Welcome to Fern Valley

Here in central Alberta prime farm country,my husband Martin and I work together raising beef cattle and Appaloosa horses. Fern valley appaloosas have long been known for their quality of temperament conformation and color.I have recently rediscovered a love of writing and have published 2 collections of poetry. "Telling Tails" and Tails Trails and Campfire stories" . I look forward to a future spreading my wings as an author and as a horse woman .

Friday, 1 June 2012

Review and an uninvited guest

 When I  began the process of publishing  my new book , I was offered the opportunity to have it reviewed  by Kirkus Reviews   I was quite honestly a little hesitant , and nervous but I did eventually agree to have it reviewed. I received a copy of the review today . At first I was not sure what to think of it ,never having had a book review . I was just glad they didn't hate it ! Like I said before , gotta take a chance now and then .I think overall it is fairly positive.And at the end of the day , they are right , I did write  for me , so ...


A wholesome, innocent series of poems and photographs from the author’s farm life in the Alberta countryside.
In her second book, Sikstrom (Telling Tails, 2011) shares her reflections on life and loved ones on two legs and four.
There are poems in honor of her uncle and sister, her experience during a summer thunderstorm, light musings on
morality and tales of adventure on horseback, all generously interspersed with photos, mostly of her horses and dogs.
Both the photos and the poems are unrefined, at times jarringly so, especially when the lilting, childlike rhyme and meter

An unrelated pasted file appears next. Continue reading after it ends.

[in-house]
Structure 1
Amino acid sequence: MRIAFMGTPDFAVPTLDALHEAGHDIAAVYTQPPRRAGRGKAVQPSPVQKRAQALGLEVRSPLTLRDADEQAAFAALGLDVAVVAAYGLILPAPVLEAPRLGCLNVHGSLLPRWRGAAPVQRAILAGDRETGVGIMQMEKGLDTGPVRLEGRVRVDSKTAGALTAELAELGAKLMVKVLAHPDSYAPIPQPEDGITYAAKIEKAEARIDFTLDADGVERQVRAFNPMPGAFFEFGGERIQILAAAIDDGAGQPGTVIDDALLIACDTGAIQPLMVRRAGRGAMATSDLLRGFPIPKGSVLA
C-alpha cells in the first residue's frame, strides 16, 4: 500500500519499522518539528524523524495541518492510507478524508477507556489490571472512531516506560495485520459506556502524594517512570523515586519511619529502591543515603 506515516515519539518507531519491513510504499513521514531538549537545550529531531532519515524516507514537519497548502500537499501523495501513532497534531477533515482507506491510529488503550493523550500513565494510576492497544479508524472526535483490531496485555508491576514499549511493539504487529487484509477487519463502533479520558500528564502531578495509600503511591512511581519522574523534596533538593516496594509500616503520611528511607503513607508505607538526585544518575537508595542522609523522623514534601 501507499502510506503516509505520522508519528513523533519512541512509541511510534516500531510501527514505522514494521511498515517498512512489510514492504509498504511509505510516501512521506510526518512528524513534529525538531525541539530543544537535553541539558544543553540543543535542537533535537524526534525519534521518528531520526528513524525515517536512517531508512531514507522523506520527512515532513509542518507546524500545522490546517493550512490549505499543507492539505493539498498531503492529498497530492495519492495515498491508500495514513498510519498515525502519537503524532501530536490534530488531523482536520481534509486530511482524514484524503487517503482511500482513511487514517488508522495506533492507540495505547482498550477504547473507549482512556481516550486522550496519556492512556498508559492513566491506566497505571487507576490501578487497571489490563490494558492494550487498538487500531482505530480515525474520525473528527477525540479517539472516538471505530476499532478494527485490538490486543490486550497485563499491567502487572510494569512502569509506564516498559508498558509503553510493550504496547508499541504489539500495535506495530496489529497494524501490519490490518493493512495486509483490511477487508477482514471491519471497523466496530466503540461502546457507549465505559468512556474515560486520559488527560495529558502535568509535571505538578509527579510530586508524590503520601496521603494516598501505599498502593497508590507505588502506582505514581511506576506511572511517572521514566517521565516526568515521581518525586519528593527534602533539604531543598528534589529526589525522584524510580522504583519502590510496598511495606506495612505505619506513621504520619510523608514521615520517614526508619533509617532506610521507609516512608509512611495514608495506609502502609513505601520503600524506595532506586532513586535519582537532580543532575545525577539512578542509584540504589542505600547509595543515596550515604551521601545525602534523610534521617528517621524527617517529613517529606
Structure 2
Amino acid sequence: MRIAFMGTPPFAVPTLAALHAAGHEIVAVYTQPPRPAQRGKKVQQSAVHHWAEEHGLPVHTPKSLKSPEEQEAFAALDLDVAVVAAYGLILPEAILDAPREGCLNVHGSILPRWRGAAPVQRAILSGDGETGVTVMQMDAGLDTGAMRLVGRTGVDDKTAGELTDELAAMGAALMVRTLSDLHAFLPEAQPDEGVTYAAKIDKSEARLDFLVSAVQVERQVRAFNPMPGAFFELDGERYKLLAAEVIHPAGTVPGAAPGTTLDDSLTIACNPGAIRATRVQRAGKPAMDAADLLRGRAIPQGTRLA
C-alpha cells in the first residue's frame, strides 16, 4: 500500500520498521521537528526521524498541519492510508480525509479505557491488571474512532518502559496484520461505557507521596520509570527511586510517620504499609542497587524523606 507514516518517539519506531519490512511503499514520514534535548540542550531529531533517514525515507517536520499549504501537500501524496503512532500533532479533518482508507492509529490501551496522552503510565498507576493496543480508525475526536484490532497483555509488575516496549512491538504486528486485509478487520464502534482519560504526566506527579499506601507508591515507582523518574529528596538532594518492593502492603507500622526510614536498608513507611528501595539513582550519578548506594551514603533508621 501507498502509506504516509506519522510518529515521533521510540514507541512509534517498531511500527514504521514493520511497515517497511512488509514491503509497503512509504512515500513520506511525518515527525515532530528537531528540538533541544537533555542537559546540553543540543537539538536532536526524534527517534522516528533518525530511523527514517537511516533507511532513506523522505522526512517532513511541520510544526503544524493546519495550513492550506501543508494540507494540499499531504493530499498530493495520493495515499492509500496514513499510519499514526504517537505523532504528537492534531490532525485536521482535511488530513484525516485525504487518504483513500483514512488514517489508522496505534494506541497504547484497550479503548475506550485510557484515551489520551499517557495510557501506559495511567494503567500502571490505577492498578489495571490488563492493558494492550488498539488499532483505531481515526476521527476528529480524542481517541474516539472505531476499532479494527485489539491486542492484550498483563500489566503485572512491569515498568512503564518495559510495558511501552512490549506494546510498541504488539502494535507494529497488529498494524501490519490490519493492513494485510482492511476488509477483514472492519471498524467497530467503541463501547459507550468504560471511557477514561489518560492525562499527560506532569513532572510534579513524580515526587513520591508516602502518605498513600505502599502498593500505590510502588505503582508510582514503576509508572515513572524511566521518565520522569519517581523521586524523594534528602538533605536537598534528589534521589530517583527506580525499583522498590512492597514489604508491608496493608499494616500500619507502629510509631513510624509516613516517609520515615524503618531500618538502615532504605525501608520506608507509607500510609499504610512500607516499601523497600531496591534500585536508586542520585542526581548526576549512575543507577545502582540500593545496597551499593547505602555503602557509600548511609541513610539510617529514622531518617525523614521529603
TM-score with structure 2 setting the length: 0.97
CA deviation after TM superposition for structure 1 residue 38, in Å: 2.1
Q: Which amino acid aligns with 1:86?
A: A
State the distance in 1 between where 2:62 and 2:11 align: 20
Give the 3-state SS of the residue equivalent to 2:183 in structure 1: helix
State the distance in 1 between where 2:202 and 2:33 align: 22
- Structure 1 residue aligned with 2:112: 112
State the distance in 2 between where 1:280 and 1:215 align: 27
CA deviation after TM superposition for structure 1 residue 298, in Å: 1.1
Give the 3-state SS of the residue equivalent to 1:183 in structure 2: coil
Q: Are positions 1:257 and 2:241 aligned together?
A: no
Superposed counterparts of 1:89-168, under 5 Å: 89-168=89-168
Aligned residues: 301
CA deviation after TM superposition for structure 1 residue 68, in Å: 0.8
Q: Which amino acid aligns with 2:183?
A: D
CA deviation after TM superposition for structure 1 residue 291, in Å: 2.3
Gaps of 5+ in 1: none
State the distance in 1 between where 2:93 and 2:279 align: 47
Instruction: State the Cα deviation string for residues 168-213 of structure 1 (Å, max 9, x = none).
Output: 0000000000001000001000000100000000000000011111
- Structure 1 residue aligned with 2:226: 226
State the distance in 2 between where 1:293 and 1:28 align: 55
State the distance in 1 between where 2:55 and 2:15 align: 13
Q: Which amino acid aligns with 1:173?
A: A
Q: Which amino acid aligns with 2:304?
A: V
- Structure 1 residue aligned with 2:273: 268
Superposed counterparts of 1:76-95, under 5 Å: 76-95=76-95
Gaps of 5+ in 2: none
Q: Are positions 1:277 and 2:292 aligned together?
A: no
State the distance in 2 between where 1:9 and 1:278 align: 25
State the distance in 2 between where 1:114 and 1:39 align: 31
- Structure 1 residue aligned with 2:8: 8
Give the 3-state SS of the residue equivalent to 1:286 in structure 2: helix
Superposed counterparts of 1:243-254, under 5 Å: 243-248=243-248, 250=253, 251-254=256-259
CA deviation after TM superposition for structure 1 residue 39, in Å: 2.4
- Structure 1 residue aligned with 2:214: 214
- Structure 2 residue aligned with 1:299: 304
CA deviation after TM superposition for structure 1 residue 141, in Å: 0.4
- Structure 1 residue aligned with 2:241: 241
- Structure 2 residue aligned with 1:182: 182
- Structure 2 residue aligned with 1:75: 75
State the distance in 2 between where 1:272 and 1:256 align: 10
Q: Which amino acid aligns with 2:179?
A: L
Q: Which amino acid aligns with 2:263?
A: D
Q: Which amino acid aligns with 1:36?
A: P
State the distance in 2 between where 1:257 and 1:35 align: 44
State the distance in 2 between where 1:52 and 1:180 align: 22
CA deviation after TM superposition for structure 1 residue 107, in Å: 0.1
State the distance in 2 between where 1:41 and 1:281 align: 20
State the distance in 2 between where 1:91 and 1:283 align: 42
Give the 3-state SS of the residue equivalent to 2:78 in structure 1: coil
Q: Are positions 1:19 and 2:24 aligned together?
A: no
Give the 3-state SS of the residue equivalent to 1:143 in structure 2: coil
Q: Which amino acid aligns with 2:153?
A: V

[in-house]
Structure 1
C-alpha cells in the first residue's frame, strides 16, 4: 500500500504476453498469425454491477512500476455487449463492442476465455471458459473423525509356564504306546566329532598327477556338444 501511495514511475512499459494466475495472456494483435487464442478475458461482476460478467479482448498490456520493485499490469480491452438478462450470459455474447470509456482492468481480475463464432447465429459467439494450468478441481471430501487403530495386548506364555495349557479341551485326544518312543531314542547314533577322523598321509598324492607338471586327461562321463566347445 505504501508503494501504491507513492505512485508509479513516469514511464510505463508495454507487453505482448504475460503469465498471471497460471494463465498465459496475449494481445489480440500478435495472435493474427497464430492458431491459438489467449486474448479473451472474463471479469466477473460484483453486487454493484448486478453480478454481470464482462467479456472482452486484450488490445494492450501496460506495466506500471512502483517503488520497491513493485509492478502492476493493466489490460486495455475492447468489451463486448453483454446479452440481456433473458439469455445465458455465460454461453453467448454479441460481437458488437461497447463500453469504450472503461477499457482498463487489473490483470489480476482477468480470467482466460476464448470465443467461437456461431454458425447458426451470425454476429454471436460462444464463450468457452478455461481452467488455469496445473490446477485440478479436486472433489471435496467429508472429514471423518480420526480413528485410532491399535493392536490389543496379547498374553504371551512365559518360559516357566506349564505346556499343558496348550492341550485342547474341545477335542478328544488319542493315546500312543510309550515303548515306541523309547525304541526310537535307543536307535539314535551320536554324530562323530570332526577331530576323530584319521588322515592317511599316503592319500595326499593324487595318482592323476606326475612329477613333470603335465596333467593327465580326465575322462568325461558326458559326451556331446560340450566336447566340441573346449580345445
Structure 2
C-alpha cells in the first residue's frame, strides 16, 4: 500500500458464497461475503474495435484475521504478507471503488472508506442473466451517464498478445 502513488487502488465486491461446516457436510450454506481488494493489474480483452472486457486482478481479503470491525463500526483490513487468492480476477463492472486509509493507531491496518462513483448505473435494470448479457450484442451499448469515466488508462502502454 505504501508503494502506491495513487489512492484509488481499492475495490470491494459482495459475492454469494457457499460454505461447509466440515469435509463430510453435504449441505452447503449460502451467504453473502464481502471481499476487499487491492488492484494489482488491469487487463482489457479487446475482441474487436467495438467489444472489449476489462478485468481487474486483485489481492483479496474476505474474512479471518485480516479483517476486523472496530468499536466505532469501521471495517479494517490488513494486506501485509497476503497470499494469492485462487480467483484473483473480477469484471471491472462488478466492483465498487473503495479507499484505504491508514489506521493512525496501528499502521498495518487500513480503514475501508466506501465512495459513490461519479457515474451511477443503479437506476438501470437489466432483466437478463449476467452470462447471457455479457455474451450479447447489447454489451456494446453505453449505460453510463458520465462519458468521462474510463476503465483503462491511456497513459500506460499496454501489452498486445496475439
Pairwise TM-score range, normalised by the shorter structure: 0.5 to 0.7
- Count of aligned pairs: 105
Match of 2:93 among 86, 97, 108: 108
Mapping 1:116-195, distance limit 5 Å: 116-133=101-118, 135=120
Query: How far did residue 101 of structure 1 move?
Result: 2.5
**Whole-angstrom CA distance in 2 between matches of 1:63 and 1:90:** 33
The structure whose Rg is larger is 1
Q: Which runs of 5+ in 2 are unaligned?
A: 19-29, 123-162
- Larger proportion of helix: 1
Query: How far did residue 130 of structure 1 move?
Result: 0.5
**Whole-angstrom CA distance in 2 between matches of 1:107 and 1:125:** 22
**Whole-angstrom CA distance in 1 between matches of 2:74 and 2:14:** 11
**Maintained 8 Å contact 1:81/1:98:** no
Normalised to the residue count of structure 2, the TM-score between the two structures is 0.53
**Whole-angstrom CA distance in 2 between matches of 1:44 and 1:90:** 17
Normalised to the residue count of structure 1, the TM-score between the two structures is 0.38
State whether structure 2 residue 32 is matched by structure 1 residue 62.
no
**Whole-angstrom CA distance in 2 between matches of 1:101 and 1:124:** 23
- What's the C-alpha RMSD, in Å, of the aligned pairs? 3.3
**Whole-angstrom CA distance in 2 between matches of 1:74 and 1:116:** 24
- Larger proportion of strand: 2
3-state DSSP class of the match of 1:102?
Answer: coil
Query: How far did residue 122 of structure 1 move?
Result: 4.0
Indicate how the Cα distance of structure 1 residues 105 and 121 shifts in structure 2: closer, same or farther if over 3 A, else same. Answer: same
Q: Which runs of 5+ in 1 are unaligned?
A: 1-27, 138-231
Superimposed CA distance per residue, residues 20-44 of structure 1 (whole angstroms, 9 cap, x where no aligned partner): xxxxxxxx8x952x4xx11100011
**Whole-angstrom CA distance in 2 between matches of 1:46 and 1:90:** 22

stumble. The little rhyming couplets aren’t quite rich or substantial enough to carry the writing. The pictures, however,
and the book’s layout in general, have something of a photo-booth quality, with each page fading into a crinkly, marbled
effect along the edges. The images are infused with such affection that cumulatively, a certain charm emerges. Taken as
a whole, the book becomes a kind of love song addressed to the creatures and beautiful landscape that the author so
cherishes. In general, the stories that involve a level of abstraction are the most engaging: the campfire tale of a locally
legendary cowboy or a reflection on the changing seasons. These trains of though are more relatable than the author’s
sentimental, familial musings, which are too personal to resonate outside of her immediate circle. But that may be the
point—the book seems to be more for her, and for them, than the general reading public. Through this lens, the reader
can experience tinges of the author’s joy and humanity.
An earnest, loving dedication, endearing—to the author’s home and family, at least—in its simplicity.

As to the uninvited guest,the neighbors  got peacocks a few years ago, and besides irritating me with  their terrible  calls (sounds like a child calling "Help me" they have begun to wander . I often see them in the horse pasture ,or by the garbage dumpster. These are the same folks who had been raising rabits, and turned them loose, which helped to cause a pretty bad wreck  for me and a horse a few years back . Not sure what the other  horses think of them in the pasture , mostly they ignore them . But Cactus DOES NOT  LIKE THEM ONE BIT. I am not looking forward either to